The Bio-Economy Research Chair aims to improve understanding of approaches within the bio-economy that facilitate poverty reduction in a manner that is socially just and environmentally sustainable, and to stimulate a community of practice with regard to these approaches. The focus is on building a critical mass of intellectual capacity, enabling human capital development and in particular a new cohort of skilled postgraduate students, and informing policy and public debate in this rapidly evolving but under-developed field. The Chair has a strong focus on engagement with communities, indigenous knowledge holders, and policy-makers, embedding within it a practice of engaged scholarship and social responsiveness.
San Representatives: Joran Useb, Leana Snyders, Roger Chennells (lawyer for the South African San Council), Mario Mahongo and Collin Louw at the launch of the San Code of Ethics for Researchers. Photo: Amy Dean. Melanie Gosling reports on the launch of... Read More
In February 2017, an exciting interdisciplinary project - focused on the co-creation of wild food livelihoods in the Cederberg Mountains - kicked off at UCT. Funded by the Community Engagement programme of the National Research Foundation, the project wil... Read More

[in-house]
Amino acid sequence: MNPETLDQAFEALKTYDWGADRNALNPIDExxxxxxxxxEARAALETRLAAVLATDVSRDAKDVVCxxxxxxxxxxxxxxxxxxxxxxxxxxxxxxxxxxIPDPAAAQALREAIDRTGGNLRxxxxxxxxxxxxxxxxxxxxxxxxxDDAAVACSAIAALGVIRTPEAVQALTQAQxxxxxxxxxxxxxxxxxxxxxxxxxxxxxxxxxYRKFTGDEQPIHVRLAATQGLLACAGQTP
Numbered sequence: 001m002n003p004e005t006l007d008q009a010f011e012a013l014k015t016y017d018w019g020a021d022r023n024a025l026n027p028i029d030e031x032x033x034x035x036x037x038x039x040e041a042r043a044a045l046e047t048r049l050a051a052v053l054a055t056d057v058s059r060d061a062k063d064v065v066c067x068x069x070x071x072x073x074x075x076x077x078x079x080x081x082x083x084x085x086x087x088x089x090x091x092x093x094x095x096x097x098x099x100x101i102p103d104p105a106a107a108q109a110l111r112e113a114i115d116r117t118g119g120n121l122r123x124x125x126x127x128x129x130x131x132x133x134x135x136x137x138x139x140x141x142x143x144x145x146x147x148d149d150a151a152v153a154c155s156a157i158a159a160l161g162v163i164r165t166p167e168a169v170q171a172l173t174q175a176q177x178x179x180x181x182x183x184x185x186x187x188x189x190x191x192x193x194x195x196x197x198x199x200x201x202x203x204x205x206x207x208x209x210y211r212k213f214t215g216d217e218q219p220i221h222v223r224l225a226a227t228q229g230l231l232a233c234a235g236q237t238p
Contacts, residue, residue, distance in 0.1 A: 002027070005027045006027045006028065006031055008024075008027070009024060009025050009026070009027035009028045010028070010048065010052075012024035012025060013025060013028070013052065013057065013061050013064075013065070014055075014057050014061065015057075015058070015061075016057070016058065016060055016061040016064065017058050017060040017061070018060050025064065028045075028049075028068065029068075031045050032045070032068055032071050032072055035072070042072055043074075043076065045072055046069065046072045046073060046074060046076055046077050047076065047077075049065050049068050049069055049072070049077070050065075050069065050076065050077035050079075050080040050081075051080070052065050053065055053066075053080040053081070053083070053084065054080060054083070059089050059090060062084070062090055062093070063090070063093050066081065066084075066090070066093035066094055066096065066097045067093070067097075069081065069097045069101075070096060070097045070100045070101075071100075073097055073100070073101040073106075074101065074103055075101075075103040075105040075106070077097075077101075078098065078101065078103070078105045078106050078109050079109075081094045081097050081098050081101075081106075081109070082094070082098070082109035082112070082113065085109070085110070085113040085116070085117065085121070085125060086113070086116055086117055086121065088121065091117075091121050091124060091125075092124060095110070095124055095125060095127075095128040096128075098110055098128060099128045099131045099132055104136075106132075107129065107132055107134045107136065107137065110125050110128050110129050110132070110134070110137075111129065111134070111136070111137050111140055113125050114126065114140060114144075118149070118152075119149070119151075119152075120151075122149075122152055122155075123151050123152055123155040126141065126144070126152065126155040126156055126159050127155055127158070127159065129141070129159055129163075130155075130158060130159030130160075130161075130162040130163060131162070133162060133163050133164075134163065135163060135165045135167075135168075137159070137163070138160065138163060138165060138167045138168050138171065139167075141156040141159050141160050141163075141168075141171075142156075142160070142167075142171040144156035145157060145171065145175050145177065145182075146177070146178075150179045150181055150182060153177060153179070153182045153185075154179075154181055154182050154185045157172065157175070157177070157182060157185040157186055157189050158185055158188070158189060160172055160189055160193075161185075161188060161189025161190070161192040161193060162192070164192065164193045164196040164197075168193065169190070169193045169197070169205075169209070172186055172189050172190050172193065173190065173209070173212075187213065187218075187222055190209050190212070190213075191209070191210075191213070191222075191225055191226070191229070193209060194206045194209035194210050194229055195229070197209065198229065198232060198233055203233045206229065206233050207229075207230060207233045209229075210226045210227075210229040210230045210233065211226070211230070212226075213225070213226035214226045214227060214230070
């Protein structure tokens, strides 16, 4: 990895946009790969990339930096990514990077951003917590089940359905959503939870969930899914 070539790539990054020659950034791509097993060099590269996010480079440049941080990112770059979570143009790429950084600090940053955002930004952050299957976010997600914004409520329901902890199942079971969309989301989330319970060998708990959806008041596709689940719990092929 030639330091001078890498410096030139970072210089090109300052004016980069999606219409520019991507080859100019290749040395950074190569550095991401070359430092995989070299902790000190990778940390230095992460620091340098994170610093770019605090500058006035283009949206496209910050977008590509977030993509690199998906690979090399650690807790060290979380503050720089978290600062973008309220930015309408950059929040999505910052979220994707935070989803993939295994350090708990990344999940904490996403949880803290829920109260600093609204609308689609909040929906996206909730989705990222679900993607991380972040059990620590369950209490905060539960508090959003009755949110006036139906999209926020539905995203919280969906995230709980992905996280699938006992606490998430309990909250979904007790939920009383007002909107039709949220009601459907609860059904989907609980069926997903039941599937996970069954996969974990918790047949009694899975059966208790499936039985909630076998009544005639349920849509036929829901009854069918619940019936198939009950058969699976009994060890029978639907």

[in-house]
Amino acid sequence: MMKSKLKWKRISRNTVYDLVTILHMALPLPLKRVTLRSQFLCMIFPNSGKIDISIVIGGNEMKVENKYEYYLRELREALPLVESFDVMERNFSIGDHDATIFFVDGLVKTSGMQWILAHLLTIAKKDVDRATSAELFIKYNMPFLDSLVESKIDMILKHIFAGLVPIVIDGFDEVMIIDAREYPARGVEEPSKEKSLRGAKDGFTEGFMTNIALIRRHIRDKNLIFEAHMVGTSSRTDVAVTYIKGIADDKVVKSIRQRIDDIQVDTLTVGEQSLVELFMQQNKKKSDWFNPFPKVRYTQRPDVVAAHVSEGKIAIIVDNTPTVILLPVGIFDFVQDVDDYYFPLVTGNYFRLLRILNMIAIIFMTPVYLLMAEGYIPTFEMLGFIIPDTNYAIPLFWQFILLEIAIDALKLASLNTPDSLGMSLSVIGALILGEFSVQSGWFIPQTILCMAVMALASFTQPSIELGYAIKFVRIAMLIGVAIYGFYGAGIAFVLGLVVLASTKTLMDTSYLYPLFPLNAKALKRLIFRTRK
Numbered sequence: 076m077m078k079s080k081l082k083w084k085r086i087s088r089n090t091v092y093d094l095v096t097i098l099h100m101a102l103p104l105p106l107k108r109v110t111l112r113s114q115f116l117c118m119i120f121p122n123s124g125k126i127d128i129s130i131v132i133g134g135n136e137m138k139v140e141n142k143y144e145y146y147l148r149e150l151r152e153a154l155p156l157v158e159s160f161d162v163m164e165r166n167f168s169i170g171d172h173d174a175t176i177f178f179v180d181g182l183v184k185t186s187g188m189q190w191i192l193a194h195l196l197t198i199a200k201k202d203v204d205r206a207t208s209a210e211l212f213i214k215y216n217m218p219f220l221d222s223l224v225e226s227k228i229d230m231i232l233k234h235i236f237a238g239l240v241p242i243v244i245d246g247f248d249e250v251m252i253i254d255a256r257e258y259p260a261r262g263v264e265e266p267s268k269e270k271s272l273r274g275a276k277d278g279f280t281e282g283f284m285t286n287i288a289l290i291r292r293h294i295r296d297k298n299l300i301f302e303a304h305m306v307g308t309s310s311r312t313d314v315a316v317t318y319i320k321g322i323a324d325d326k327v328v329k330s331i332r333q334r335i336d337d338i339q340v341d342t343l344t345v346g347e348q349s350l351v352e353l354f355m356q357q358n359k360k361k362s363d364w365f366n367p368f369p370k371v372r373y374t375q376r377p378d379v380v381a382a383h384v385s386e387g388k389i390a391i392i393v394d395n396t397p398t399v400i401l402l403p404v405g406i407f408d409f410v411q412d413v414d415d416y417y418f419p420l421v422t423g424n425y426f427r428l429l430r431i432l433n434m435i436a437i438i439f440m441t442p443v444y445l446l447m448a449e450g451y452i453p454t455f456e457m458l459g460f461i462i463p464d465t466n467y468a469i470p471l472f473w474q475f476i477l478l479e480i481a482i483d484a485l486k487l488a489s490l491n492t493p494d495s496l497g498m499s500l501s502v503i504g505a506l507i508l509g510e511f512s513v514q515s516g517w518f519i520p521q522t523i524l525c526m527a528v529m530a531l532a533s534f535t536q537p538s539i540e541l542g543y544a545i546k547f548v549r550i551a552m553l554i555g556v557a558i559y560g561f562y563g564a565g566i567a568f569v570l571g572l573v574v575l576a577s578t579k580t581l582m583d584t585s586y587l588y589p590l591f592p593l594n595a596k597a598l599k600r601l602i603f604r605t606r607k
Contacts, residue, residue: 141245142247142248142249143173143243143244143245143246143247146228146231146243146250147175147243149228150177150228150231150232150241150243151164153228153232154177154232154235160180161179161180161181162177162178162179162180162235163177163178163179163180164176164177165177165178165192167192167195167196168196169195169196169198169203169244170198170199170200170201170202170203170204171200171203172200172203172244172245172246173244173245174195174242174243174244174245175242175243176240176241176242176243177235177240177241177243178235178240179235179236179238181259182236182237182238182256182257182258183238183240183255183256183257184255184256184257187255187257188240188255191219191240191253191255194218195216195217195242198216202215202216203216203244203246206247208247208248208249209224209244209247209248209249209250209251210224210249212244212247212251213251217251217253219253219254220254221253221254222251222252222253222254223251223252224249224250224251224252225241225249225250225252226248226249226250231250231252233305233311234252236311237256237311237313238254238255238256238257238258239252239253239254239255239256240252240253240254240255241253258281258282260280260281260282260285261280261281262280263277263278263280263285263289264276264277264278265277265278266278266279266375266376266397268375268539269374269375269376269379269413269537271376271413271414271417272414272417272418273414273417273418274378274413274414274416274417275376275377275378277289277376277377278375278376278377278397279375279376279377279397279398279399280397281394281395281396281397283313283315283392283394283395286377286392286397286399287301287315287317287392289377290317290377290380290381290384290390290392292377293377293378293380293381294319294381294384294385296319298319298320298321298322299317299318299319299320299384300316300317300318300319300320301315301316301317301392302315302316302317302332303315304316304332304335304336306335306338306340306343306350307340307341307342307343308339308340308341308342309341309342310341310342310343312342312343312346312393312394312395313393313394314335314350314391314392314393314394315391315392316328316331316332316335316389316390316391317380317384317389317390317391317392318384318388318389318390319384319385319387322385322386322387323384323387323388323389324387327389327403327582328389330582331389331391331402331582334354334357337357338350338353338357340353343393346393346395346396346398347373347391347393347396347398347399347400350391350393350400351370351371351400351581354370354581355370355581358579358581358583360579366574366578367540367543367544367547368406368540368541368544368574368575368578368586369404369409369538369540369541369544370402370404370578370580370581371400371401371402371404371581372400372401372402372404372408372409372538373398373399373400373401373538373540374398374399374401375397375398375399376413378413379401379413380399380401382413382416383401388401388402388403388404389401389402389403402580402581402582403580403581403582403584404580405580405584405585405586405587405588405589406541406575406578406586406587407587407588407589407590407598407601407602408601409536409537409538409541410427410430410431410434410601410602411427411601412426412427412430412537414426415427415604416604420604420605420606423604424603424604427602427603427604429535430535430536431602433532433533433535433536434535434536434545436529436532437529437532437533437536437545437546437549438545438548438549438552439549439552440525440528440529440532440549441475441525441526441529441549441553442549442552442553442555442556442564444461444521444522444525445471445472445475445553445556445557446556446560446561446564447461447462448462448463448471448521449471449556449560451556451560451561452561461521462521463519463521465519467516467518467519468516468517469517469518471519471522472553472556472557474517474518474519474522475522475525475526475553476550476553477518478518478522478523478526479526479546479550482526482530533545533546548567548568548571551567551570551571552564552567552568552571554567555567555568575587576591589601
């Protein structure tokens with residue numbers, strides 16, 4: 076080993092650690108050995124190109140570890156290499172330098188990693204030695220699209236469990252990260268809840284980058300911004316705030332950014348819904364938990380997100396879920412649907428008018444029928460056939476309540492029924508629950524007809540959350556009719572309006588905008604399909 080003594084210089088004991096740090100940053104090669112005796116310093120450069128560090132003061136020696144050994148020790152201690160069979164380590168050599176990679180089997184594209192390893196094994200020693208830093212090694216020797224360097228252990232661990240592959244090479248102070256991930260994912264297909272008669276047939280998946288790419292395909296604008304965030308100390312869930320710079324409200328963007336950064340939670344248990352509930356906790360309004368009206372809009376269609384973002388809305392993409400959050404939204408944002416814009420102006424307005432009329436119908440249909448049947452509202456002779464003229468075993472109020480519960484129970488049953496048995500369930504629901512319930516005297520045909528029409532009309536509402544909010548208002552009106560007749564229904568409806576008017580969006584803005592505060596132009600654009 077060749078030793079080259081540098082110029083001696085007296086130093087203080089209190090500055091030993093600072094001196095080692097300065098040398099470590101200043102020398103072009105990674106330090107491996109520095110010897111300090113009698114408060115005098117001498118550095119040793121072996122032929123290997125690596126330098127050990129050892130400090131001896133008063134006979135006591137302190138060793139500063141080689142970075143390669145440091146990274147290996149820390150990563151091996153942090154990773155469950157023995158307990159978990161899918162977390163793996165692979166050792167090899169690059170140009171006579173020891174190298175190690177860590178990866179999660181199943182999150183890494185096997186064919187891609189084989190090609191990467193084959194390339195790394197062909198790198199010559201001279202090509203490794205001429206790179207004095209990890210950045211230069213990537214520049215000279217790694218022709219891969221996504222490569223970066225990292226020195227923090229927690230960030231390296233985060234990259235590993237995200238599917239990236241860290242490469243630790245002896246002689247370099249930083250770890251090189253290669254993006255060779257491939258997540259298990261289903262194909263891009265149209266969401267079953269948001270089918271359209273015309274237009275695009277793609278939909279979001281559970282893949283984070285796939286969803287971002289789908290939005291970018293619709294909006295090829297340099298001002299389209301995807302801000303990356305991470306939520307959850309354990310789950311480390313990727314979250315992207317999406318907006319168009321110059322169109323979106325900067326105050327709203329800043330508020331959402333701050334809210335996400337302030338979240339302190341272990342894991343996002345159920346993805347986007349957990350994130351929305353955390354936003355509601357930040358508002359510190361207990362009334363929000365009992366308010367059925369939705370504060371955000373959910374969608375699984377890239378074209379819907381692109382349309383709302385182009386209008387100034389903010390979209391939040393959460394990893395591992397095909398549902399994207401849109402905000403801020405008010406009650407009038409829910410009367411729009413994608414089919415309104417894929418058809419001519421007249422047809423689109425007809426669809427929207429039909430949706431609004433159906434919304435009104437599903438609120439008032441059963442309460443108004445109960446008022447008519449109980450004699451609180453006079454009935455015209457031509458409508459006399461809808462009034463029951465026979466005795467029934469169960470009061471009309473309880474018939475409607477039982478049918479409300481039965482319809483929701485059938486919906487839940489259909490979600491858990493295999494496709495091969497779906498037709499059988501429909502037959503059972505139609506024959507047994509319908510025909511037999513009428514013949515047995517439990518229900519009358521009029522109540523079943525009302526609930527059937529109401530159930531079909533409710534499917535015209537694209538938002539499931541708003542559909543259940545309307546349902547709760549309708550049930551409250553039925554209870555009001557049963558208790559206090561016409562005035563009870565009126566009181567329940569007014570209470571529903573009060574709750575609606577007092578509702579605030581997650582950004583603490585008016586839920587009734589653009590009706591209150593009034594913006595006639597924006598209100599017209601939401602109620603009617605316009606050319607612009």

The Seed and Knowledge Initiative has expanded its reach by establishing a research forum in Zimbabwe. Convened by Dr Isiah Mharapara, Chief Executive Officer of the Zimbabwean Agricultural Research Council, the forum provides an intellectual and support ... Read More
A worker piles up leaves of rooibos tea for drying. Local people have been marginalised in the industry. Mike Hutchings/Reuters Rachel Wynberg There are political, environmental and social controversies a... Read More
Ntombithini Ndwandwe, an agroecology farmer displaying her diversity of traditional seeds in Zimele, KwaZulu-Natal. Rachel Wynberg Seeds are the very essence of life. From those growing a multiplicity of grains, legumes and vegetables to othe... Read More
Wild indigenous vegetables and edible plants grow abundantly across Africa and have traditionally played an important role in household food security for rural South Africans. Lila Kelly reports back on ... Read More